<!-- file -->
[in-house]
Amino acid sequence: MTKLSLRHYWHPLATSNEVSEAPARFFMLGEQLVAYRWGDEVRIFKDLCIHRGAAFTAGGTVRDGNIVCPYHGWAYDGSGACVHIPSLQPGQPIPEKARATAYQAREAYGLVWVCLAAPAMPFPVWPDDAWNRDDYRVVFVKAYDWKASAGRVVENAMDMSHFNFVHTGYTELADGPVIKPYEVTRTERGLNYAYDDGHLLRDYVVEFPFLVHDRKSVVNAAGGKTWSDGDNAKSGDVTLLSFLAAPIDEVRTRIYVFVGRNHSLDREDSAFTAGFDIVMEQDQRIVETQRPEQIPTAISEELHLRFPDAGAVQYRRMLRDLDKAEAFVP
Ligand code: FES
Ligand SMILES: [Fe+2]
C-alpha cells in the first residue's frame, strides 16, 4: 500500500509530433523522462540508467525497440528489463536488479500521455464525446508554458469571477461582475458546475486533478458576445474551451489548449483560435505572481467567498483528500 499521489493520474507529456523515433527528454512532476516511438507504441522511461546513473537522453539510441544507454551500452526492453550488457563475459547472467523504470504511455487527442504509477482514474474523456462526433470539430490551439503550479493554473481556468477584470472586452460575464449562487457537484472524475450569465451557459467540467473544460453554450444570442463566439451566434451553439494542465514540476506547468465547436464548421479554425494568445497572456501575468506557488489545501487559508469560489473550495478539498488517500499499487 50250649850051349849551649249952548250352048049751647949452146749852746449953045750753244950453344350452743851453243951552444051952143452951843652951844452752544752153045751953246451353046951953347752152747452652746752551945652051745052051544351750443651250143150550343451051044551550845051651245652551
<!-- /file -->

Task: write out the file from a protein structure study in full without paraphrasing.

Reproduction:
[in-house]
Amino acid sequence: MTKLSLRHYWHPLATSNEVSEAPARFFMLGEQLVAYRWGDEVRIFKDLCIHRGAAFTAGGTVRDGNIVCPYHGWAYDGSGACVHIPSLQPGQPIPEKARATAYQAREAYGLVWVCLAAPAMPFPVWPDDAWNRDDYRVVFVKAYDWKASAGRVVENAMDMSHFNFVHTGYTELADGPVIKPYEVTRTERGLNYAYDDGHLLRDYVVEFPFLVHDRKSVVNAAGGKTWSDGDNAKSGDVTLLSFLAAPIDEVRTRIYVFVGRNHSLDREDSAFTAGFDIVMEQDQRIVETQRPEQIPTAISEELHLRFPDAGAVQYRRMLRDLDKAEAFVP
Ligand code: FES
Ligand SMILES: [Fe+2]
C-alpha cells in the first residue's frame, strides 16, 4: 500500500509530433523522462540508467525497440528489463536488479500521455464525446508554458469571477461582475458546475486533478458576445474551451489548449483560435505572481467567498483528500 499521489493520474507529456523515433527528454512532476516511438507504441522511461546513473537522453539510441544507454551500452526492453550488457563475459547472467523504470504511455487527442504509477482514474474523456462526433470539430490551439503550479493554473481556468477584470472586452460575464449562487457537484472524475450569465451557459467540467473544460453554450444570442463566439451566434451553439494542465514540476506547468465547436464548421479554425494568445497572456501575468506557488489545501487559508469560489473550495478539498488517500499499487 50250649850051349849551649249952548250352048049751647949452146749852746449953045750753244950453344350452743851453243951552444051952143452951843652951844452752544752153045751953246451353046951953347752152747452652746752551945652051745052051544351750443651250143150550343451051044551550845051651245652551